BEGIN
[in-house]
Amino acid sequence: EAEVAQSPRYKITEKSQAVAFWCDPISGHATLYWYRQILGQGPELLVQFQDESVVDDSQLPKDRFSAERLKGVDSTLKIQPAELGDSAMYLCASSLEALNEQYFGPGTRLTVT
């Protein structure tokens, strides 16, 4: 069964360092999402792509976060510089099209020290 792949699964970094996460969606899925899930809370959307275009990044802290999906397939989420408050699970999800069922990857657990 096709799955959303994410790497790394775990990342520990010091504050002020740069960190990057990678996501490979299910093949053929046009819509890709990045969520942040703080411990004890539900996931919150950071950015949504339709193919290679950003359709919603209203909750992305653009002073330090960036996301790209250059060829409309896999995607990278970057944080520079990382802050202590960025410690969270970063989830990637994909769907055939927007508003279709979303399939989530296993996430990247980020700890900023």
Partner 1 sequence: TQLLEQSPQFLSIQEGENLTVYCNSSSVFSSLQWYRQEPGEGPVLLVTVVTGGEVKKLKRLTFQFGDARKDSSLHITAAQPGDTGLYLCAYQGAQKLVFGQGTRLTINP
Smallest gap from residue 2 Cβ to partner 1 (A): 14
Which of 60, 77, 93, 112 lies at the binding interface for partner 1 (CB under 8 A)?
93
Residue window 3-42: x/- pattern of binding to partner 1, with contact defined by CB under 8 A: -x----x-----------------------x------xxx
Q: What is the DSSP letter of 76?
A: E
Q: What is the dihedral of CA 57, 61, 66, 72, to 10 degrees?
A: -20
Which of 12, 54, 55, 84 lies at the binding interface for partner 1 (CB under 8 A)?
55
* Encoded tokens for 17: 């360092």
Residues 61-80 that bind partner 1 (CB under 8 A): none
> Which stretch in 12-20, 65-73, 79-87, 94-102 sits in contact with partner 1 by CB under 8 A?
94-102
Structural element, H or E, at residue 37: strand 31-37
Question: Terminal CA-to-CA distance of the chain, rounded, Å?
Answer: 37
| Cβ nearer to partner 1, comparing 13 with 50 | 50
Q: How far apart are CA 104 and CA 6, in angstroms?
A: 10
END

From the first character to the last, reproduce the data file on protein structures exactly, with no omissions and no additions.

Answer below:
[in-house]
Amino acid sequence: EAEVAQSPRYKITEKSQAVAFWCDPISGHATLYWYRQILGQGPELLVQFQDESVVDDSQLPKDRFSAERLKGVDSTLKIQPAELGDSAMYLCASSLEALNEQYFGPGTRLTVT
């Protein structure tokens, strides 16, 4: 069964360092999402792509976060510089099209020290 792949699964970094996460969606899925899930809370959307275009990044802290999906397939989420408050699970999800069922990857657990 096709799955959303994410790497790394775990990342520990010091504050002020740069960190990057990678996501490979299910093949053929046009819509890709990045969520942040703080411990004890539900996931919150950071950015949504339709193919290679950003359709919603209203909750992305653009002073330090960036996301790209250059060829409309896999995607990278970057944080520079990382802050202590960025410690969270970063989830990637994909769907055939927007508003279709979303399939989530296993996430990247980020700890900023």
Partner 1 sequence: TQLLEQSPQFLSIQEGENLTVYCNSSSVFSSLQWYRQEPGEGPVLLVTVVTGGEVKKLKRLTFQFGDARKDSSLHITAAQPGDTGLYLCAYQGAQKLVFGQGTRLTINP
Smallest gap from residue 2 Cβ to partner 1 (A): 14
Which of 60, 77, 93, 112 lies at the binding interface for partner 1 (CB under 8 A)?
93
Residue window 3-42: x/- pattern of binding to partner 1, with contact defined by CB under 8 A: -x----x-----------------------x------xxx
Q: What is the DSSP letter of 76?
A: E
Q: What is the dihedral of CA 57, 61, 66, 72, to 10 degrees?
A: -20
Which of 12, 54, 55, 84 lies at the binding interface for partner 1 (CB under 8 A)?
55
* Encoded tokens for 17: 């360092």
Residues 61-80 that bind partner 1 (CB under 8 A): none
> Which stretch in 12-20, 65-73, 79-87, 94-102 sits in contact with partner 1 by CB under 8 A?
94-102
Structural element, H or E, at residue 37: strand 31-37
Question: Terminal CA-to-CA distance of the chain, rounded, Å?
Answer: 37
| Cβ nearer to partner 1, comparing 13 with 50 | 50
Q: How far apart are CA 104 and CA 6, in angstroms?
A: 10